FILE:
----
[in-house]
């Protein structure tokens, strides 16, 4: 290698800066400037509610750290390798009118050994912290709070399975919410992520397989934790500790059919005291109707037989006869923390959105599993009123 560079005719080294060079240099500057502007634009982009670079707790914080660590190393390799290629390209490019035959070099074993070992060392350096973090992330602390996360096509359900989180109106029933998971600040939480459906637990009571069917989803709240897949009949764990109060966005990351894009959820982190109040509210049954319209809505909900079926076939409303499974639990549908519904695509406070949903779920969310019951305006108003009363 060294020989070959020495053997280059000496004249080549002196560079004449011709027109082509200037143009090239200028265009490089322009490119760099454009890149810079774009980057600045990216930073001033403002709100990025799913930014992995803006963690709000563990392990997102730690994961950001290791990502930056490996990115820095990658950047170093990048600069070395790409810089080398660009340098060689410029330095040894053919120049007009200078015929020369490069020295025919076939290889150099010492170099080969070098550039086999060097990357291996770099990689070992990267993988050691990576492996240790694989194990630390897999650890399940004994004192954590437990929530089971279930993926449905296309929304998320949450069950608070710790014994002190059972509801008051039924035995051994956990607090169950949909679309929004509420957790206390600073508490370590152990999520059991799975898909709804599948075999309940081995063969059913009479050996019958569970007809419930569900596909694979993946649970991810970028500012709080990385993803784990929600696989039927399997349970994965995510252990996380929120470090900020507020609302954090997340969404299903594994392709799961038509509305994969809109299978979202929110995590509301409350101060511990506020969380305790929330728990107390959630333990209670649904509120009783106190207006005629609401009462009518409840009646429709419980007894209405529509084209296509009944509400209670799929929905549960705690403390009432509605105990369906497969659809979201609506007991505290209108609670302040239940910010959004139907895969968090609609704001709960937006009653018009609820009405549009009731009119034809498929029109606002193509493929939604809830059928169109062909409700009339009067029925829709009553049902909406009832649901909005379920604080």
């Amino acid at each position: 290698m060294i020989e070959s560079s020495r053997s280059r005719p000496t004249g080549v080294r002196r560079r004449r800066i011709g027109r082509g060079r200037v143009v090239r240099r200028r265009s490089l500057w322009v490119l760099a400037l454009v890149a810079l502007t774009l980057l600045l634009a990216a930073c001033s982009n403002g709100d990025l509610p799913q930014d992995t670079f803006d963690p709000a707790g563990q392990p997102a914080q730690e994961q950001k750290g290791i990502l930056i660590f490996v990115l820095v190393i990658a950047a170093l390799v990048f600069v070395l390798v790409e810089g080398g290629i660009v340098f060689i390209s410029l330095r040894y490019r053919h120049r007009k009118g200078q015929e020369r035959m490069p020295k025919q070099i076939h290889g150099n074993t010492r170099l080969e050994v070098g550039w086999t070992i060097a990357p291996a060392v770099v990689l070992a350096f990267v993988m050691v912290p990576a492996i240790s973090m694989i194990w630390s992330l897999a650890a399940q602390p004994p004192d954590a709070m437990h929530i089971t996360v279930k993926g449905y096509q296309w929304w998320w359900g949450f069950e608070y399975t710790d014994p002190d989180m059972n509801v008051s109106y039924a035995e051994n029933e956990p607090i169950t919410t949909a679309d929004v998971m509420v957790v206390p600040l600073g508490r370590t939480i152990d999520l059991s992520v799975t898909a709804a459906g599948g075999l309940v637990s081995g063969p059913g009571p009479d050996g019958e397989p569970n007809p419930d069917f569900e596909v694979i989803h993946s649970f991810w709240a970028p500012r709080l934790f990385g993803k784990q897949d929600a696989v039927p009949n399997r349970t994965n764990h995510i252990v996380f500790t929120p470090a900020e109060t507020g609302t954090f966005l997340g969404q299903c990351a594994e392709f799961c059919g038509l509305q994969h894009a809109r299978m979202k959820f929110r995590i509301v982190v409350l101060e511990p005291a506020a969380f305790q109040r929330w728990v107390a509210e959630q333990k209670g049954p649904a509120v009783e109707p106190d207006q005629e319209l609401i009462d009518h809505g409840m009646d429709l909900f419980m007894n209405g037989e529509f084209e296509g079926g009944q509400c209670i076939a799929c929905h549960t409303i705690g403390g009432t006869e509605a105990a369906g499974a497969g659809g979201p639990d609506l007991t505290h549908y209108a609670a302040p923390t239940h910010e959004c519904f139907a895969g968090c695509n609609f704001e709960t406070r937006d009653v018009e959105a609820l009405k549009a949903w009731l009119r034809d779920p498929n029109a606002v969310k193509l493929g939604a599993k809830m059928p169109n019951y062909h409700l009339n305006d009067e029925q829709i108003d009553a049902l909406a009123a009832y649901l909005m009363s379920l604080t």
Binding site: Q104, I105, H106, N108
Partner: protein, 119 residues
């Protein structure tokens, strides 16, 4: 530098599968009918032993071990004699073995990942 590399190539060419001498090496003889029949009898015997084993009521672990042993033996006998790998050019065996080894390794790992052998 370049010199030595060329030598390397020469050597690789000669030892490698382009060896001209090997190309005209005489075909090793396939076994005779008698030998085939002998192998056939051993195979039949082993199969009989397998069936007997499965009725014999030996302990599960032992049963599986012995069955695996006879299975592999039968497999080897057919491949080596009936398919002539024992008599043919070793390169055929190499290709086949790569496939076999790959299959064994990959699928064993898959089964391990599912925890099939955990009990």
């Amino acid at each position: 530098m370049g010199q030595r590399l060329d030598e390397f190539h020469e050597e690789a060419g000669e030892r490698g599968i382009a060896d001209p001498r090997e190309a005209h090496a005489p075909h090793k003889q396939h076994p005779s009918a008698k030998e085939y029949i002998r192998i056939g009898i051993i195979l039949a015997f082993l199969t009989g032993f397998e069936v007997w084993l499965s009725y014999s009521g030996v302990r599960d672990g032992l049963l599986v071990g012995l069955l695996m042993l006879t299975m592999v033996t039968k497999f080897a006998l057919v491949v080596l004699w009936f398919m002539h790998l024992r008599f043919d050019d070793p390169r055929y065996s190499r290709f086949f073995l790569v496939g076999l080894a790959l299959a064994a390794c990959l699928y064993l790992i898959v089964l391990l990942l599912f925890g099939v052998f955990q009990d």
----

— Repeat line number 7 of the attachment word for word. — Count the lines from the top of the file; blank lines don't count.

């Amino acid at each position: 530098m370049g010199q030595r590399l060329d030598e390397f190539h020469e050597e690789a060419g000669e030892r490698g599968i382009a060896d001209p001498r090997e190309a005209h090496a005489p075909h090793k003889q396939h076994p005779s009918a008698k030998e085939y029949i002998r192998i056939g009898i051993i195979l039949a015997f082993l199969t009989g032993f397998e069936v007997w084993l499965s009725y014999s009521g030996v302990r599960d672990g032992l049963l599986v071990g012995l069955l695996m042993l006879t299975m592999v033996t039968k497999f080897a006998l057919v491949v080596l004699w009936f398919m002539h790998l024992r008599f043919d050019d070793p390169r055929y065996s190499r290709f086949f073995l790569v496939g076999l080894a790959l299959a064994a390794c990959l699928y064993l790992i898959v089964l391990l990942l599912f925890g099939v052998f955990q009990d």